What About Corporate Taxes?

While the Bush-era tax cuts have cost the U.S. Treasury trillions of dollars since they were enacted, corporate income taxes are an important part of the story of how tax cuts affect the federal budget. The official top marginal tax rate for corporations is 35 percent— meaning that corporations are meant to pay 35 cents in taxes for every dollar of profit over $18 million. However, on average corporations pay well below that rate. According to the Congressional Budget Office, corporate income taxes totaled around 9.5 percent of corporate profits in fiscal 2011. In other words, after accounting for deductions, credits, and loopholes, corporations on average pay far less than 35 percent of profits toward federal income taxes.

Loopholes are parts of the tax code that exempt certain activities from standard taxation, and thus cost the government money in the form of lost revenue. While the official marginal tax rate for U.S. corporations is one of the highest in the world, loopholes make effective corporate  tax rates much lower than those of peer nations. According to the Organization for Economic Cooperation and Development (OECD) and reporting by the New York Times, the corporate tax burden is lower in the U.S. than in nearly every other developed nation.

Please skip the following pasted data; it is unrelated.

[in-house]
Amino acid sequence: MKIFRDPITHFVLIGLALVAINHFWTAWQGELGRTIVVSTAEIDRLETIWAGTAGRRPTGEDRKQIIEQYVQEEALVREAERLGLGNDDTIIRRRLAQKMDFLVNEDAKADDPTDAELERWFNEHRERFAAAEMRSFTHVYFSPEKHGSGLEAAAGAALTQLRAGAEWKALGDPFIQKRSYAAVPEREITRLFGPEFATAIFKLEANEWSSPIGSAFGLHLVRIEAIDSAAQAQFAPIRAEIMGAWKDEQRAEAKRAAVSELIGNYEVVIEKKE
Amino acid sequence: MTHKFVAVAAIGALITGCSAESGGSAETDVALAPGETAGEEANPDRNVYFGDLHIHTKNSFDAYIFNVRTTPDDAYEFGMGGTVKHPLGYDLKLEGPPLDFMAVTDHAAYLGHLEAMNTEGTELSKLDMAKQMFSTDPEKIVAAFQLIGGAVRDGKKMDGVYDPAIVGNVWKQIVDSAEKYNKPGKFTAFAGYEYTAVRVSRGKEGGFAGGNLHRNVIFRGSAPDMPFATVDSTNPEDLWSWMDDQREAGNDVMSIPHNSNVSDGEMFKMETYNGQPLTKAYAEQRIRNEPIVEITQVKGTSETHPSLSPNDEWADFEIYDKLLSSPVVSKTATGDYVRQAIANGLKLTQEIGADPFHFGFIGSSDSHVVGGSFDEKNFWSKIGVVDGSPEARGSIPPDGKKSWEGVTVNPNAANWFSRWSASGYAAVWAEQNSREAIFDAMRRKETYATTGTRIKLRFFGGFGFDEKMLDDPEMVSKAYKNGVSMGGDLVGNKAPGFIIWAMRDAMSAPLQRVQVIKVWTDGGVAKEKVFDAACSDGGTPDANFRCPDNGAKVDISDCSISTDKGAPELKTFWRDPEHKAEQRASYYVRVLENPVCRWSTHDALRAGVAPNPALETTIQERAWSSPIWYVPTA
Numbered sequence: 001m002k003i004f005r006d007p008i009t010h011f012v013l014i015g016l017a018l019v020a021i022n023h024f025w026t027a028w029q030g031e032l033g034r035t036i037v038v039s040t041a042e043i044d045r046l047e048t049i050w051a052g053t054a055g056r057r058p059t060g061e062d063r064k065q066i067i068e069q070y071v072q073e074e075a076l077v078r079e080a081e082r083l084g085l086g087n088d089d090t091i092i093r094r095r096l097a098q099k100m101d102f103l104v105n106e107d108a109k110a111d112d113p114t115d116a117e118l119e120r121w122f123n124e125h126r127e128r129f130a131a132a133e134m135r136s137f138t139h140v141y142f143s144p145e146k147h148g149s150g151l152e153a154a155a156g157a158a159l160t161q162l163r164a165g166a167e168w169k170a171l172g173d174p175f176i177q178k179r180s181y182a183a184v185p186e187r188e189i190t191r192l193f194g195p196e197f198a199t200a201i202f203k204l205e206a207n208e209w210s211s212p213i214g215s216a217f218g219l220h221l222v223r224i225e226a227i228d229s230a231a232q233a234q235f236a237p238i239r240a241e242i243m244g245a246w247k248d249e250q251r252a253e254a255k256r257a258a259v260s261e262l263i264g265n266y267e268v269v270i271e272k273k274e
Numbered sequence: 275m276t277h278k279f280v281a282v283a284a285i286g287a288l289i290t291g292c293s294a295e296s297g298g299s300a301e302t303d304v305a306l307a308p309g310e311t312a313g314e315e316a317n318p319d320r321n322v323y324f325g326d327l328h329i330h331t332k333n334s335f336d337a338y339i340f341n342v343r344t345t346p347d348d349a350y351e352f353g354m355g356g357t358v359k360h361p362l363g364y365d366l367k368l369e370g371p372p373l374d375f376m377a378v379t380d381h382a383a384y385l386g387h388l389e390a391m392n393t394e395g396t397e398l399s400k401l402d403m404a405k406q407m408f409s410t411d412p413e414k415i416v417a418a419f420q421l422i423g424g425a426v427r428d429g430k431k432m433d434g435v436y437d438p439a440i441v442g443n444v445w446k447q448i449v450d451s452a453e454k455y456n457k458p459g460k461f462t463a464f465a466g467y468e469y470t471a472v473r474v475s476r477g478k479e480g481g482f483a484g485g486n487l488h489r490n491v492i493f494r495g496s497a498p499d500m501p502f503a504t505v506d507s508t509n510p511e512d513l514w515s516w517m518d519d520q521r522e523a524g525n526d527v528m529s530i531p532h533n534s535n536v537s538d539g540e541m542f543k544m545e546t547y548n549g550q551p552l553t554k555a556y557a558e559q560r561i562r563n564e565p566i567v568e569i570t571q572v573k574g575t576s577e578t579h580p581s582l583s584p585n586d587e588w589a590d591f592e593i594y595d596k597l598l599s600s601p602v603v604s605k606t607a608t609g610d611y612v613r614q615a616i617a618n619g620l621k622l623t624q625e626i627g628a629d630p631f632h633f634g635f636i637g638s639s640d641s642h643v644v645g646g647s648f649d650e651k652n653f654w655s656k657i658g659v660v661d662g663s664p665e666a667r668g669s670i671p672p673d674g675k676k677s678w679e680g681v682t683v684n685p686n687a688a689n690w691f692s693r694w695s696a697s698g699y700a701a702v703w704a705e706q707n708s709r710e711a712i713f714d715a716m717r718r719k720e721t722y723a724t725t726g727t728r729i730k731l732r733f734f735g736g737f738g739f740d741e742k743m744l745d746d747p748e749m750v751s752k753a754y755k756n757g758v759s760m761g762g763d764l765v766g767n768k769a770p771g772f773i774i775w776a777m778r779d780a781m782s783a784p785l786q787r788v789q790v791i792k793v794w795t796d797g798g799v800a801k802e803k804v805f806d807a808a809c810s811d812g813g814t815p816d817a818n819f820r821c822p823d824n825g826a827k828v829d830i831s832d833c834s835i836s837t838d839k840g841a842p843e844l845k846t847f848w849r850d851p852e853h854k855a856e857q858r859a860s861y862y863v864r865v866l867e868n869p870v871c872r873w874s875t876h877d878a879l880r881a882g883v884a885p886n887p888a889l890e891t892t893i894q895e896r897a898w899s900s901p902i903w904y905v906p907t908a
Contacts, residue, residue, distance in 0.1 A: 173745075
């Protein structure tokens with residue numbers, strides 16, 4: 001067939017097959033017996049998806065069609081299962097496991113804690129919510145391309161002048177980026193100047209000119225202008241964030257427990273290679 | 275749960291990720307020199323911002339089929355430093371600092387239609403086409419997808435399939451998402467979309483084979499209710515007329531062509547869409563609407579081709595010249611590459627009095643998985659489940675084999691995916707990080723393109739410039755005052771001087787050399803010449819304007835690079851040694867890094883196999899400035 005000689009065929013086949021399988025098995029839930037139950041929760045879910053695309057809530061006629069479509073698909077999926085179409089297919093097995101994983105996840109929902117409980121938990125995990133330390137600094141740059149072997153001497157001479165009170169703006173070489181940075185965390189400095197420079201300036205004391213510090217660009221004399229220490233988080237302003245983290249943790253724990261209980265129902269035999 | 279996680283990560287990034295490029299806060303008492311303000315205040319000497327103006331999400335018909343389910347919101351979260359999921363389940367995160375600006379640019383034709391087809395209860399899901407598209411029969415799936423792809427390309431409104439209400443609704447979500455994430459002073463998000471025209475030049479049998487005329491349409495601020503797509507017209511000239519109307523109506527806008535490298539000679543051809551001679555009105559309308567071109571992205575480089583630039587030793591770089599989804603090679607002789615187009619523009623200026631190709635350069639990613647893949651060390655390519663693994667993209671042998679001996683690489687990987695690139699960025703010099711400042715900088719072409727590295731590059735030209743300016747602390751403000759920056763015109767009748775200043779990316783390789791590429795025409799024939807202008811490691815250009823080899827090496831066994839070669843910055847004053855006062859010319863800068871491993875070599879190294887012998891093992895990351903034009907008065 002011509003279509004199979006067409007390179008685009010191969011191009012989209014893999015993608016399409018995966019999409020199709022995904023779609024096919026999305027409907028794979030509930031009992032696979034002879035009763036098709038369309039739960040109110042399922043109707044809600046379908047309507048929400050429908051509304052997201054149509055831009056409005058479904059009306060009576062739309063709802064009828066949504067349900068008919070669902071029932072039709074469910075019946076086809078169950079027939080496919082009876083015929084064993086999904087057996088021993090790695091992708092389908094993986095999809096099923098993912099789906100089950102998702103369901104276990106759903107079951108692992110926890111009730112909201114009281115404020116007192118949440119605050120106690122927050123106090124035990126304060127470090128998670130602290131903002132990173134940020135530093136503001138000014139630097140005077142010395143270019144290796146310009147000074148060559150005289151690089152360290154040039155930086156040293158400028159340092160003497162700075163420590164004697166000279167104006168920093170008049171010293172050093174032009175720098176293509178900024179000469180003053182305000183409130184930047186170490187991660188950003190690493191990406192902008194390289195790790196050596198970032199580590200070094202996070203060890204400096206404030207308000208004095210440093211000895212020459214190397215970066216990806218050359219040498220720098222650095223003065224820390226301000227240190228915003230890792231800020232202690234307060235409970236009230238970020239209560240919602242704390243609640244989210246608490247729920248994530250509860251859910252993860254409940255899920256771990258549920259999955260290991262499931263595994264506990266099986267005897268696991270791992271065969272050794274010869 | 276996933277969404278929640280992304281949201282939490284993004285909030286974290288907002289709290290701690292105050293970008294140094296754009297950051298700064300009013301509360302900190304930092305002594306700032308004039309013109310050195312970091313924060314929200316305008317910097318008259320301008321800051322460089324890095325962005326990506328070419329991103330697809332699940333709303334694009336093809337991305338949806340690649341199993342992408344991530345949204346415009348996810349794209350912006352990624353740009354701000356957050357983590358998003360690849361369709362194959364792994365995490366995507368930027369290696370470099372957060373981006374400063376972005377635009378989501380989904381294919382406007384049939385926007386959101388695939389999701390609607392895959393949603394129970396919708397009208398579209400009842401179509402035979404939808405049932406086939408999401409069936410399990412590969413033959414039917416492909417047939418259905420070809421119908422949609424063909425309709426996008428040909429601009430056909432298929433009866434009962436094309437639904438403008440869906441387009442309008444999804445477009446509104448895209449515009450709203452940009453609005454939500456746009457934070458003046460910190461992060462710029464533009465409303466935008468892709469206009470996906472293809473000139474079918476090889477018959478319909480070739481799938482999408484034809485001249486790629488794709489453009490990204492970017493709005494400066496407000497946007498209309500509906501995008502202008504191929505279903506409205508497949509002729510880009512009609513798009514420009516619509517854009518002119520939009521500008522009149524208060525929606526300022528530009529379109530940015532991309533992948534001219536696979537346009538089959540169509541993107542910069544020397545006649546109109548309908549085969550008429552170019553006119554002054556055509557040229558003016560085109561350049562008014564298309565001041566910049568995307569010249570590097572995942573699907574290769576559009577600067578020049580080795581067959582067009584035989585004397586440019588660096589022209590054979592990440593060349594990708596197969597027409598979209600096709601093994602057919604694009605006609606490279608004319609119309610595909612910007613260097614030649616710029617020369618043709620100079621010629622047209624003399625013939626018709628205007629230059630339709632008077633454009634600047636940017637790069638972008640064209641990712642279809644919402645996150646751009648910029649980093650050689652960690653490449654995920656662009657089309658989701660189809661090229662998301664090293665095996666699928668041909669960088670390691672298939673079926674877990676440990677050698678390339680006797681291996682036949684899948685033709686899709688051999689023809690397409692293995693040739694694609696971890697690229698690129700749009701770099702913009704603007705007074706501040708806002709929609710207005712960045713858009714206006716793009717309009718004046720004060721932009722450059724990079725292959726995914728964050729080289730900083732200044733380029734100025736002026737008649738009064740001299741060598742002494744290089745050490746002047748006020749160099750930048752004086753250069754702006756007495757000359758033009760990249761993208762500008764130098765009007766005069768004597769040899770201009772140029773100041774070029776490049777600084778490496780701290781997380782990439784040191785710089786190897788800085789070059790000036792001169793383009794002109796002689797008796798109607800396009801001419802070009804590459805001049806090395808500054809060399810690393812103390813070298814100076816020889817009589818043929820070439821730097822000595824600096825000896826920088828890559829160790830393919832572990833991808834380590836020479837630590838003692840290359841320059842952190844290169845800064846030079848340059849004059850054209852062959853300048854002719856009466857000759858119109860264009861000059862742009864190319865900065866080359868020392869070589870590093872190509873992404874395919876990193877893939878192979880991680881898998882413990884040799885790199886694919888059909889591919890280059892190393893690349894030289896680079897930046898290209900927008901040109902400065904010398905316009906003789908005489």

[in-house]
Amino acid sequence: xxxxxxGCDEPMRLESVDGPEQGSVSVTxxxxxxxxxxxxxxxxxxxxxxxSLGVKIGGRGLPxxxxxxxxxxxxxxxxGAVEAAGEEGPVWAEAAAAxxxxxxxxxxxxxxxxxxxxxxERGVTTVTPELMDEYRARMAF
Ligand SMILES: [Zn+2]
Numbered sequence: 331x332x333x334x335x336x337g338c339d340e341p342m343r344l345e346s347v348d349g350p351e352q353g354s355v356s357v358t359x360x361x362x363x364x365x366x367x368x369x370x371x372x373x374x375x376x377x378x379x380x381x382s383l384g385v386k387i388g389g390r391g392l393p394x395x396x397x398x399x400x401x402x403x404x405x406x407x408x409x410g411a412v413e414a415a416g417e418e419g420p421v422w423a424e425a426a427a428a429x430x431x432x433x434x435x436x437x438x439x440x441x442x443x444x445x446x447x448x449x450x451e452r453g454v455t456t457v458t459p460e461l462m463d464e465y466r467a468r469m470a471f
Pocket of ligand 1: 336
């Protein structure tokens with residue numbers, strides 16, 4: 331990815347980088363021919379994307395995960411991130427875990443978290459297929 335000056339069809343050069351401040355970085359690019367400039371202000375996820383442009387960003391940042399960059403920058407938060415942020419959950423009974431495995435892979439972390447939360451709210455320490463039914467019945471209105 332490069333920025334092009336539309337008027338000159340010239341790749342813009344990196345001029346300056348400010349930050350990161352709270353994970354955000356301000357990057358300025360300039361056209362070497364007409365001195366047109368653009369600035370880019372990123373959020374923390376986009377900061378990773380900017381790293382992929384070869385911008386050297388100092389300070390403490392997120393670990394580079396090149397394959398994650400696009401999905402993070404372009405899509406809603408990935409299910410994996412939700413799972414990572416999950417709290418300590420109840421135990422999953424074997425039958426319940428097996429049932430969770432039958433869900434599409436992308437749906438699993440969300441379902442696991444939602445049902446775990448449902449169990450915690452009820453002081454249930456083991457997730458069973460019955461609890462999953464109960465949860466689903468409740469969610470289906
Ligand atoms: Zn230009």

Income taxes paid by individuals and families are much larger than taxes paid by corporations, as you can see in the figure below, in part because the wages and salaries of all Americans are much larger than the profits of all U.S. corporations. But corporate tax avoidance also plays a role. If corporations actually paid 35 percent of their profits in federal income taxes, that would have amounted to an additional $165 billion in revenue to the U.S. Treasury in fiscal 2012, and would have reduced the budget deficit that year by around 14 percent. For more on this, see The Untold Story of Deficits in Washington.